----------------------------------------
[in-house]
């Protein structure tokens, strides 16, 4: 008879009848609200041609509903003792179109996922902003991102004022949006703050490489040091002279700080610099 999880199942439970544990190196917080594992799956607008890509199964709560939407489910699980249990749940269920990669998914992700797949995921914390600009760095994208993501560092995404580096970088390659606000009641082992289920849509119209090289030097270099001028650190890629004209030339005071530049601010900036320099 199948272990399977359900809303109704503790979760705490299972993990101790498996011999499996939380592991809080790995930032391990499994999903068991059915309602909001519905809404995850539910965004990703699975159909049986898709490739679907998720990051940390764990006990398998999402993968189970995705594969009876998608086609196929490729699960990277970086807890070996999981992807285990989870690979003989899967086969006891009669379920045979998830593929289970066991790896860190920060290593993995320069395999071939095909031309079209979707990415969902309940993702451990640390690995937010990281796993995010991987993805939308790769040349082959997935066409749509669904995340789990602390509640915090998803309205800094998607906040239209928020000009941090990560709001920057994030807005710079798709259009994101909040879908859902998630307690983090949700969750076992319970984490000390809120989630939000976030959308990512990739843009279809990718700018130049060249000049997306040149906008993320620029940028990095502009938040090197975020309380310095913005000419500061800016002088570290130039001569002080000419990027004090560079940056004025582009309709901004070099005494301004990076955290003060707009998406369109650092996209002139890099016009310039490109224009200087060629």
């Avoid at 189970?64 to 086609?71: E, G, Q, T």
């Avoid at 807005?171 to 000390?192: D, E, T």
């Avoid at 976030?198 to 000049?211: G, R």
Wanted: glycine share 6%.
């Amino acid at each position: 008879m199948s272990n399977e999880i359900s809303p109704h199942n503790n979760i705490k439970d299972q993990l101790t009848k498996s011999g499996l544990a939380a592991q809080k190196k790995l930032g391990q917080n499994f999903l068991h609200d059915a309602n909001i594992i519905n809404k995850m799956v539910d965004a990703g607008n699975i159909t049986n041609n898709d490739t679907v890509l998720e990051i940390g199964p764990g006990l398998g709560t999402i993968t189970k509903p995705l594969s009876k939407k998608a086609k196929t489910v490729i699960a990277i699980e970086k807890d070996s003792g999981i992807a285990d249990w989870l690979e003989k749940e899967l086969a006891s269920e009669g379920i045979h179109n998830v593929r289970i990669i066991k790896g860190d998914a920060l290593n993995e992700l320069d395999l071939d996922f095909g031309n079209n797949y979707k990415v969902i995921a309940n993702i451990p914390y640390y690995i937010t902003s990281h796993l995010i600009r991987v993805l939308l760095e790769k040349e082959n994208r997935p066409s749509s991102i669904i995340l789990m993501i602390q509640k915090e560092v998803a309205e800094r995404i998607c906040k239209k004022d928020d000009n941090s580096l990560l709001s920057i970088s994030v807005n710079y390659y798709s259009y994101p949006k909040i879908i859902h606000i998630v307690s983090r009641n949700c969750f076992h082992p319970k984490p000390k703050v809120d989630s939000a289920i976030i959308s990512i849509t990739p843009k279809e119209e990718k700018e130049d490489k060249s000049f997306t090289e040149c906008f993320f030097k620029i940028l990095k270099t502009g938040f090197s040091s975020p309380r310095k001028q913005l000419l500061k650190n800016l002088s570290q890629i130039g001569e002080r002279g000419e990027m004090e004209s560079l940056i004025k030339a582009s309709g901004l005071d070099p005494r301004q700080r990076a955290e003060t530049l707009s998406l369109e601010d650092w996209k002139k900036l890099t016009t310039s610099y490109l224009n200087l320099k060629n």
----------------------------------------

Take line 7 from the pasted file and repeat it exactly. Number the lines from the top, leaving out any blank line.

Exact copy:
């Amino acid at each position: 008879m199948s272990n399977e999880i359900s809303p109704h199942n503790n979760i705490k439970d299972q993990l101790t009848k498996s011999g499996l544990a939380a592991q809080k190196k790995l930032g391990q917080n499994f999903l068991h609200d059915a309602n909001i594992i519905n809404k995850m799956v539910d965004a990703g607008n699975i159909t049986n041609n898709d490739t679907v890509l998720e990051i940390g199964p764990g006990l398998g709560t999402i993968t189970k509903p995705l594969s009876k939407k998608a086609k196929t489910v490729i699960a990277i699980e970086k807890d070996s003792g999981i992807a285990d249990w989870l690979e003989k749940e899967l086969a006891s269920e009669g379920i045979h179109n998830v593929r289970i990669i066991k790896g860190d998914a920060l290593n993995e992700l320069d395999l071939d996922f095909g031309n079209n797949y979707k990415v969902i995921a309940n993702i451990p914390y640390y690995i937010t902003s990281h796993l995010i600009r991987v993805l939308l760095e790769k040349e082959n994208r997935p066409s749509s991102i669904i995340l789990m993501i602390q509640k915090e560092v998803a309205e800094r995404i998607c906040k239209k004022d928020d000009n941090s580096l990560l709001s920057i970088s994030v807005n710079y390659y798709s259009y994101p949006k909040i879908i859902h606000i998630v307690s983090r009641n949700c969750f076992h082992p319970k984490p000390k703050v809120d989630s939000a289920i976030i959308s990512i849509t990739p843009k279809e119209e990718k700018e130049d490489k060249s000049f997306t090289e040149c906008f993320f030097k620029i940028l990095k270099t502009g938040f090197s040091s975020p309380r310095k001028q913005l000419l500061k650190n800016l002088s570290q890629i130039g001569e002080r002279g000419e990027m004090e004209s560079l940056i004025k030339a582009s309709g901004l005071d070099p005494r301004q700080r990076a955290e003060t530049l707009s998406l369109e601010d650092w996209k002139k900036l890099t016009t310039s610099y490109l224009n200087l320099k060629n």